Turning a pension fund into an income: the options, the decision factors, and the practicalities

Turning a pension fund into an income: the options, the decision factors, and the practicalities


By John Batty, Technical Sales Manager

For those with one of the ever-decreasing number of Defined Benefit or Final Salary pension schemes, receiving your pension in retirement is fairly straightforward. At the scheme retirement date, the pension will pay you an amount of monthly income - based on your salary and length of service - for life, with usually a widow(er)’s pension should you die before your spouse.

For those with personal or company pensions known as Defined Contribution or Money Purchase schemes, it becomes a little more complex, with a number of options available. Typically, you will have built up a pension fund over the course of your working life and the size of the fund will depend on the contributions made and any investment growth they have made up to retirement. When you wish to stop work, this fund needs to be converted to an income, by one of two main options:

1. Annuities

An annuity is where your pension fund is given to an insurance company, which in return pays you an income for life. There are many different types of annuity and the amount paid will depend on the type selected. For example, you could choose to receive an income that increases with inflation each year, or you could opt for a higher starting amount that doesn’t increase. Furthermore, you could choose one that ceases on your death or one that continues paying a pension for your spouse.

The difference between the various scenarios can be significant.  For example, at 65 years old with a fund of £100,000:

  • Option A - single life non-increasing pension: £5,081 per year*
  • Option B - 3% p.a. increasing pension with 50% to spouse on death: £2,903 per year*

In summary, a single life non-increasing pension has the potential to provide 75% more pension than one that increases by 3% p.a. and pays a spouse pension on death.

Once you (and your spouse, if applicable) have died, there is no residual benefit to be paid to your beneficiaries regardless of the length of time you receive pension income...

2. Pension drawdown

Drawdown is where the pension fund remains invested and you take income from the fund, leaving the balance invested. Assuming the fund is to be used for an income for life, a calculation would determine what level of income is achievable based on the fund size and your age. Every three years, a re-calculation will be done based on age and fund value at that point. On your death, the fund could be used to pay a dependent's pension (in the same manner) or paid as a lump sum to your beneficiaries.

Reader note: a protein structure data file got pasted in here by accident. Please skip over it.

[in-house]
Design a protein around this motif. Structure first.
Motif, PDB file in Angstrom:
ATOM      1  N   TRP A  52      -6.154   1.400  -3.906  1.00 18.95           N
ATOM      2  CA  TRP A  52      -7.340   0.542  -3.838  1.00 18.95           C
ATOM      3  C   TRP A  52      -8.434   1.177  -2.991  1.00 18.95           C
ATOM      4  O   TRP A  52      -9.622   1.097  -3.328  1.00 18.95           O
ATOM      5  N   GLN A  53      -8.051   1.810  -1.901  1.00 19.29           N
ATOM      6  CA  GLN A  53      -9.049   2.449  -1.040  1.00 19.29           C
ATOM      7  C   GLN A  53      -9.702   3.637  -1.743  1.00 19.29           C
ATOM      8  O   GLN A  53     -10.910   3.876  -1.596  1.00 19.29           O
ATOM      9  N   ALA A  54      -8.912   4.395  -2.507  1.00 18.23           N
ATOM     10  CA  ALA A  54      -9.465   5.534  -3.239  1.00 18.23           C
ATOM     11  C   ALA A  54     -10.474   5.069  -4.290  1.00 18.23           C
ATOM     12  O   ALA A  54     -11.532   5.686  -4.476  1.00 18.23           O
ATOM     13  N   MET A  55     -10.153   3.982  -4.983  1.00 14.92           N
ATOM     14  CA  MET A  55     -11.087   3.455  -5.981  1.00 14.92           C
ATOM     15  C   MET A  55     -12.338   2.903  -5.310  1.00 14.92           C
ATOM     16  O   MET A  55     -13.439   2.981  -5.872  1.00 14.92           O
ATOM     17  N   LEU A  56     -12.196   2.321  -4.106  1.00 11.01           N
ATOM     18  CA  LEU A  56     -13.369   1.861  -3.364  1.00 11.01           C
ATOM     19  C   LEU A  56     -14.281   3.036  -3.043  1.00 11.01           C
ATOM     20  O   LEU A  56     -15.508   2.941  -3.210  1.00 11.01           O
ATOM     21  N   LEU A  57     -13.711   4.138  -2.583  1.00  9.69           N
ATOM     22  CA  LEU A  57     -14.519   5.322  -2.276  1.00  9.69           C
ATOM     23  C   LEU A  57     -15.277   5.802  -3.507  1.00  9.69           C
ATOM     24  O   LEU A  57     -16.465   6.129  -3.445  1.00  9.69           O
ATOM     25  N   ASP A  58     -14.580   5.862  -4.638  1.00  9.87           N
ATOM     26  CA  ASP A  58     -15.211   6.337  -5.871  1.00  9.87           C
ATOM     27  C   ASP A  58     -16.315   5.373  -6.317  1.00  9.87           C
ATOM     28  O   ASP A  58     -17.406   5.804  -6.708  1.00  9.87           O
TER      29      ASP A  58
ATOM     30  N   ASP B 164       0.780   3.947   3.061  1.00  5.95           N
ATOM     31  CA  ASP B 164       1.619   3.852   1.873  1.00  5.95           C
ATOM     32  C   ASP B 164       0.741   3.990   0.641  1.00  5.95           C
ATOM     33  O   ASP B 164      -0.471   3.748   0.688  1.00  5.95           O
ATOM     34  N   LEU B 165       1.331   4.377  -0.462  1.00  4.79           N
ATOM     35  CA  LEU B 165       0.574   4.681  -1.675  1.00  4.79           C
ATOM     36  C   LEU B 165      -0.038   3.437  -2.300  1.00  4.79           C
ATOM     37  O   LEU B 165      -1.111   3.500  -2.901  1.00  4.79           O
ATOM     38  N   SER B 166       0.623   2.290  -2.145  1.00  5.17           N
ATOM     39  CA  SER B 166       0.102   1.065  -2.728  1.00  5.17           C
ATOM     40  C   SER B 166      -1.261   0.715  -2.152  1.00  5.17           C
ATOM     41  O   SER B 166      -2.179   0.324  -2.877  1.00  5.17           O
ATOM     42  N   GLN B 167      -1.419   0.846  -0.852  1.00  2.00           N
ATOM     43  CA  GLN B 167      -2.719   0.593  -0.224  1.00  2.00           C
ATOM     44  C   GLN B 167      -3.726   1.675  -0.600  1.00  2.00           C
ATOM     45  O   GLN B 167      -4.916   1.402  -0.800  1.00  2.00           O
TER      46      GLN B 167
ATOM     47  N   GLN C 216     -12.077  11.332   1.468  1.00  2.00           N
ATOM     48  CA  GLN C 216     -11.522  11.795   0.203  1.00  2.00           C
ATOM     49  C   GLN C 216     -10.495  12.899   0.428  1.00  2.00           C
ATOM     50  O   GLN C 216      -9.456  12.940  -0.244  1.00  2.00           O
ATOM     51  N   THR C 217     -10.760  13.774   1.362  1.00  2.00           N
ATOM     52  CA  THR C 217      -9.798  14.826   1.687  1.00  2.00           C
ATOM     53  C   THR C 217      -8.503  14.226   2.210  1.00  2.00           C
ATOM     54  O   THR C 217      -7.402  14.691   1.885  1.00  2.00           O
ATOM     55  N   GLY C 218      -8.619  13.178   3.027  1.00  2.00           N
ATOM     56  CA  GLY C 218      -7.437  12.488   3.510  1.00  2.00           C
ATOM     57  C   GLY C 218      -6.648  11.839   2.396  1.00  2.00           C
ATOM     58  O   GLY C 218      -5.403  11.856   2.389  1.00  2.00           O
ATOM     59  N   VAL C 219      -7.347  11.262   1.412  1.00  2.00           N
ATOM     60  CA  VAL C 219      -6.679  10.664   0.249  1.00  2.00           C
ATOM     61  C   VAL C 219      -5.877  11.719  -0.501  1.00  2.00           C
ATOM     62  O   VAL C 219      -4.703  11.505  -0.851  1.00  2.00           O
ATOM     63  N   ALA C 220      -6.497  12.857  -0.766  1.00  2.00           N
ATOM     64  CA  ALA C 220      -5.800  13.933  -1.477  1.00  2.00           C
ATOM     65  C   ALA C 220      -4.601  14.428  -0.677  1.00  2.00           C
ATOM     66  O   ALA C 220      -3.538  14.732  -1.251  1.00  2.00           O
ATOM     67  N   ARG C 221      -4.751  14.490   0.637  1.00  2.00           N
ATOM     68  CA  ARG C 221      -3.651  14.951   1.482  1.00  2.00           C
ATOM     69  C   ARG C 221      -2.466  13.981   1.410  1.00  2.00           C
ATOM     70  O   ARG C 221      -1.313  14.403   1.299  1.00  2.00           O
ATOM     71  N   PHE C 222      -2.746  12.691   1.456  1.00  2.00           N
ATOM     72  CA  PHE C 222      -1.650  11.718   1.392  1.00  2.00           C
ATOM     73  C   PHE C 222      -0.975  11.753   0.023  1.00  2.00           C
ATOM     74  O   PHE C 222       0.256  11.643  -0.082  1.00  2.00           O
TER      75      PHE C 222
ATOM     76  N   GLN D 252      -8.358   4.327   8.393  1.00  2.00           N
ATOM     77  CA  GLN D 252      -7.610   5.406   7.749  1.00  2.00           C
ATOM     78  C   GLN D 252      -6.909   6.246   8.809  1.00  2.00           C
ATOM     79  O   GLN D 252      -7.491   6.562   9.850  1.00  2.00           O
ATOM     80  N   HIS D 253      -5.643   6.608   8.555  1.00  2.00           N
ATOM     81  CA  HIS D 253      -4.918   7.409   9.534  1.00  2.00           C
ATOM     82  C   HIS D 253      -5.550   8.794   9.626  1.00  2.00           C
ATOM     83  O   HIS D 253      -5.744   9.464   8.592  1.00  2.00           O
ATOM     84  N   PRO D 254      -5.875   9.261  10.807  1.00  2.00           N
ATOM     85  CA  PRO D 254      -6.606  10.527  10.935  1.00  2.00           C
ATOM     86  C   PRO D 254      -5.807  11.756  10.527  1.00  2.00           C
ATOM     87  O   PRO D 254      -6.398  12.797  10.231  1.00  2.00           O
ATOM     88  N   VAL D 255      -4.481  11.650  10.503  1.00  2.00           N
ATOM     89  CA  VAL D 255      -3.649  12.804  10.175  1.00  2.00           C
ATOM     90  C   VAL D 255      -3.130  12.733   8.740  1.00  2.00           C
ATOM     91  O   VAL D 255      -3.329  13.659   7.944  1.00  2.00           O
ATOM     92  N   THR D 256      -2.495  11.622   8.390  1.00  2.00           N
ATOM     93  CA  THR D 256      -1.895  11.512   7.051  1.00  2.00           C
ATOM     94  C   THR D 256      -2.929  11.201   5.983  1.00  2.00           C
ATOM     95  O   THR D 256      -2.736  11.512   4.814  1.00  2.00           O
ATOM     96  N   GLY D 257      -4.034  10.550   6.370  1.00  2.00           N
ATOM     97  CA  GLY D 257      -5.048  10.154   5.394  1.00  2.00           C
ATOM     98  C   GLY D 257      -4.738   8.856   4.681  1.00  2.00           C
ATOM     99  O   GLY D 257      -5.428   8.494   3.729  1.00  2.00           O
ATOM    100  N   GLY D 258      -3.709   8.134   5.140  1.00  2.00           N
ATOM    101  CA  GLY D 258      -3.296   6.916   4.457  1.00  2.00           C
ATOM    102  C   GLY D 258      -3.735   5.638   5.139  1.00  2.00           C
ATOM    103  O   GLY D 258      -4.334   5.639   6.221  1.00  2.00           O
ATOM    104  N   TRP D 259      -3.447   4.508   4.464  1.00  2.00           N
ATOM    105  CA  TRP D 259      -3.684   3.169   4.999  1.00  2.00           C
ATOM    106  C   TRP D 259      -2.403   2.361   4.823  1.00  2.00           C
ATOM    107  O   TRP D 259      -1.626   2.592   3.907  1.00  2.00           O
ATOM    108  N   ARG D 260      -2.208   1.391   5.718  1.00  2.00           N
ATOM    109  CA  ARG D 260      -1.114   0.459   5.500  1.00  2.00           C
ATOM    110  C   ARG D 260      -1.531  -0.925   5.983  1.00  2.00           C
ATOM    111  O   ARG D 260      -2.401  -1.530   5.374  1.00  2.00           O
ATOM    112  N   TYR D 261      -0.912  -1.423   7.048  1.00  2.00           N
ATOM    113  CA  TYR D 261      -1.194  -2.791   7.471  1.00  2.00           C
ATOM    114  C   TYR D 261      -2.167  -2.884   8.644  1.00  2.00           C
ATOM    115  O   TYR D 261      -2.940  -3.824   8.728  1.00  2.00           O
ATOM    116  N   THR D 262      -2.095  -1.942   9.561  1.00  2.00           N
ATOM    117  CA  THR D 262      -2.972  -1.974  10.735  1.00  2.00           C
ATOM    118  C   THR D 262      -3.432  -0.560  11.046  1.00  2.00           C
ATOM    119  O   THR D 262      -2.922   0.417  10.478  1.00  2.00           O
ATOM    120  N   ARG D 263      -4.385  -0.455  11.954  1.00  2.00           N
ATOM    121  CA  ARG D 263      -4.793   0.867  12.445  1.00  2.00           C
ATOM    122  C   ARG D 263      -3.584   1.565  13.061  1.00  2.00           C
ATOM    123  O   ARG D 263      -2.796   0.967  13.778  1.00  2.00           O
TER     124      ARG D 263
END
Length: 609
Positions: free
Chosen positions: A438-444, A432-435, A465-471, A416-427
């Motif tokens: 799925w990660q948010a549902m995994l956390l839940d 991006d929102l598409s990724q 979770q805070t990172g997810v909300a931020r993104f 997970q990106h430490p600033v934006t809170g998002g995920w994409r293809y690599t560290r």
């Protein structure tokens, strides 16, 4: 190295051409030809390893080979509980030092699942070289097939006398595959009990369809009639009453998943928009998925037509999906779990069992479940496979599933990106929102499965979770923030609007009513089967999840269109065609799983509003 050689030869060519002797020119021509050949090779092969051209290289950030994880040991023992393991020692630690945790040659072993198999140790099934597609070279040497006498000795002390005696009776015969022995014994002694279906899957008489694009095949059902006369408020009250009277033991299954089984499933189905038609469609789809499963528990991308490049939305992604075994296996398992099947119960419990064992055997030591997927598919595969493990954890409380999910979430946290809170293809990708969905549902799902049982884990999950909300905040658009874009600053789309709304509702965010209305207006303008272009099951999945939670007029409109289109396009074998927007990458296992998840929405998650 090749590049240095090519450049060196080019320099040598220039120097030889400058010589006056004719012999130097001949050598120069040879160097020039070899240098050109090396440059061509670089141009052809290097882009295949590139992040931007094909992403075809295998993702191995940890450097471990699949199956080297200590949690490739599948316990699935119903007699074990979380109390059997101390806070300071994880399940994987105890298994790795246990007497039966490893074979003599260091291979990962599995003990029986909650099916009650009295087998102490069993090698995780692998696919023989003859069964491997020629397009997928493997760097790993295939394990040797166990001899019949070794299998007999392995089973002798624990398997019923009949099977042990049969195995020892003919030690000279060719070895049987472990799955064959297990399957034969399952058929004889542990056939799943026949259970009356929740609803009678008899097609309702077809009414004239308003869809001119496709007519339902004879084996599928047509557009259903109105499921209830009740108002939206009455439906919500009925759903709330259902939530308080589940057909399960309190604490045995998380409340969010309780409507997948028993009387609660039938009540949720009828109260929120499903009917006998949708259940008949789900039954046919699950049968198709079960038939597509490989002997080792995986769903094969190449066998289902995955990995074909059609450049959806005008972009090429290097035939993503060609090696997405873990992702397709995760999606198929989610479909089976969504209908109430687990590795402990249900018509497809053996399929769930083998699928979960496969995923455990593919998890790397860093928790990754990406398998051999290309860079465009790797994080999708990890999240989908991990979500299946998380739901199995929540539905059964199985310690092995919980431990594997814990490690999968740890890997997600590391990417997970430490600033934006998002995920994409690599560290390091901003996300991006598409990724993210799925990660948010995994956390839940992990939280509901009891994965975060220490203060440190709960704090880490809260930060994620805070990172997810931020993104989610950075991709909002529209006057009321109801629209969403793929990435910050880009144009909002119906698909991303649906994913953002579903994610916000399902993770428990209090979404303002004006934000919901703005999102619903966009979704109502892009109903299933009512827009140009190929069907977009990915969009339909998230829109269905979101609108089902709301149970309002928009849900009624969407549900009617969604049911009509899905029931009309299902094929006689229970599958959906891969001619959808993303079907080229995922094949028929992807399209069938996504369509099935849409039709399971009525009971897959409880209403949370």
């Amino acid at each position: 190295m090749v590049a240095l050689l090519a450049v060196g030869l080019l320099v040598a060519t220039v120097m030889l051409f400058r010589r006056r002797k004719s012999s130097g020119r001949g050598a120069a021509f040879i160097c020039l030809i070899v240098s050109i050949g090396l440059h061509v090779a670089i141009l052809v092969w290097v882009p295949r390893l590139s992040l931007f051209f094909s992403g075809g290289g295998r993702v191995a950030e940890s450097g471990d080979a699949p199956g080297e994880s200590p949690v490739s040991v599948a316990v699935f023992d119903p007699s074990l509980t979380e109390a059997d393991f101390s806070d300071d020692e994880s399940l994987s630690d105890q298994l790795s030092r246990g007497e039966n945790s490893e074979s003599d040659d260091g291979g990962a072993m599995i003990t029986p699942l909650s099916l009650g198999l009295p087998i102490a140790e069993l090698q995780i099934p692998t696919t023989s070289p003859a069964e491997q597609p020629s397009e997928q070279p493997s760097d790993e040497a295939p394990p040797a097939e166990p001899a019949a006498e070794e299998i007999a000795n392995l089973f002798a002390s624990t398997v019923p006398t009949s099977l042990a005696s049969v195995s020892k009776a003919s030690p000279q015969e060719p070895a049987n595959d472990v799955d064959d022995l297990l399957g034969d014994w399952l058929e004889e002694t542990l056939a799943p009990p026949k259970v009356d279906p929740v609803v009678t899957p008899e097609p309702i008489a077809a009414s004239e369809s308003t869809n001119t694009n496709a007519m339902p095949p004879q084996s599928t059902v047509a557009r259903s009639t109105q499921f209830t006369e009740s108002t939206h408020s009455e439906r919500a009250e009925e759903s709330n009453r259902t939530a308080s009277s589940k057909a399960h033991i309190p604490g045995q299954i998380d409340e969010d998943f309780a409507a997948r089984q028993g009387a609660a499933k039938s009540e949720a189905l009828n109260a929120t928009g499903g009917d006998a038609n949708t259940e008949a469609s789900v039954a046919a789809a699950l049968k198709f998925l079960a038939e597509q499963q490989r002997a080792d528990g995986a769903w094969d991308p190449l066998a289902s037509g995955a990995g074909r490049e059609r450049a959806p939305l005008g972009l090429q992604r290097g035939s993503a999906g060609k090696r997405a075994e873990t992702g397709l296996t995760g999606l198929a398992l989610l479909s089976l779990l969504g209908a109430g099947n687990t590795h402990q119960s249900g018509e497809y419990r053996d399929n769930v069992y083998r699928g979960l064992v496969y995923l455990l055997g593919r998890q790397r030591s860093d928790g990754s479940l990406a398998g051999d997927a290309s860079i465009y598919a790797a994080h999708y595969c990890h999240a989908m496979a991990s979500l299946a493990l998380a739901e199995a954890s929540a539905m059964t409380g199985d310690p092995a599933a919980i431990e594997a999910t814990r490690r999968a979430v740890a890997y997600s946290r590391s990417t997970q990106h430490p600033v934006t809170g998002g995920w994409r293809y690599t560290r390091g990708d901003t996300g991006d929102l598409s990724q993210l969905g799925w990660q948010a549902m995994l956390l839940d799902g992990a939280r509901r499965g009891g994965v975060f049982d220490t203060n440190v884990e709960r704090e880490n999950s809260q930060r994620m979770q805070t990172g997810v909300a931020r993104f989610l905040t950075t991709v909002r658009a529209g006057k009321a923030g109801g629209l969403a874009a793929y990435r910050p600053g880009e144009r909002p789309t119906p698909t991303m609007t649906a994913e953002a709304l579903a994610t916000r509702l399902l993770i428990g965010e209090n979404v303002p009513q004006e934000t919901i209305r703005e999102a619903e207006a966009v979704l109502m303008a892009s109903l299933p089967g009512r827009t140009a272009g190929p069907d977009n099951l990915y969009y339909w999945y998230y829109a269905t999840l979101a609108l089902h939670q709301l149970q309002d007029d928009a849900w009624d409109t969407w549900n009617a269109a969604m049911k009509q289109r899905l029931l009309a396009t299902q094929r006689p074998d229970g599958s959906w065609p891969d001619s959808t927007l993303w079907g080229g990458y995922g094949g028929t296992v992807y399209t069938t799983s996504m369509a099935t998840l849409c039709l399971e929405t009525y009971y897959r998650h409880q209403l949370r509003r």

Income levels are flexible and it is possible to take more or less income than that recommended. For example, you may wish to reduce the income amount once the state pension starts or to take no income at all-in-one year (if this coincides with an inheritance or extra funds available due to downsizing, for example).

Decision making

Your choice of route will depend on several factors, including the importance you place on a guaranteed level of income for life. While an annuity is the only option to provide this, once it has been purchased it cannot be changed. In contrast, income drawdown allows for your income levels to be altered in line with your requirements as well as the recalculation of your available pension income on a regular basis.

In reality, the only way to be 100% sure of your best option is with hindsight. If you were able to know with certainty how long your retirement will last, whether you or your spouse will live longest, what investment returns will do and what the inflation rate will be in your retirement, the choice of annuity (and type) or drawdown (and how much to take) would be very easy! However, with the lack of a crystal ball, we would always recommend seeking appropriate advice.

Practicalities

Many people will have several pensions built up over their working life. It may be more cost effective, and efficient, to consolidate these with one provider and receive one income payment as opposed to multiple from different providers.

Annuity rates from providers can vary significantly so shopping around for the best rate is probably a good idea. Also, the decision over whether to opt for a spouse’s pension is important as this cannot be changed down the line.

Not all pension providers offer a drawdown option. It is, however, possible to transfer to a pension scheme that can provide drawdown if this is your preference. Choosing the right investments is important when opting for drawdown. The funds must last for a retirement potentially extending to 30 or more years and regular encashments need to be factored in. Additionally, you would need to consider where any unused funds would be payable after your death e.g., to a spouse, partner, children or other beneficiary.

Turning a pension into an income requires careful planning and attention, and advice should be sought based on your personal circumstances. For further information contact John Batty.

*[SOURCE: Hargreaves Lansdown Best Annuity Rates page, accessed on 8 February 2022: https://www.hl.co.uk/retirement/annuities/best-buy-rates on 8th February 2022

No one has commented on this page yet.

Post your comment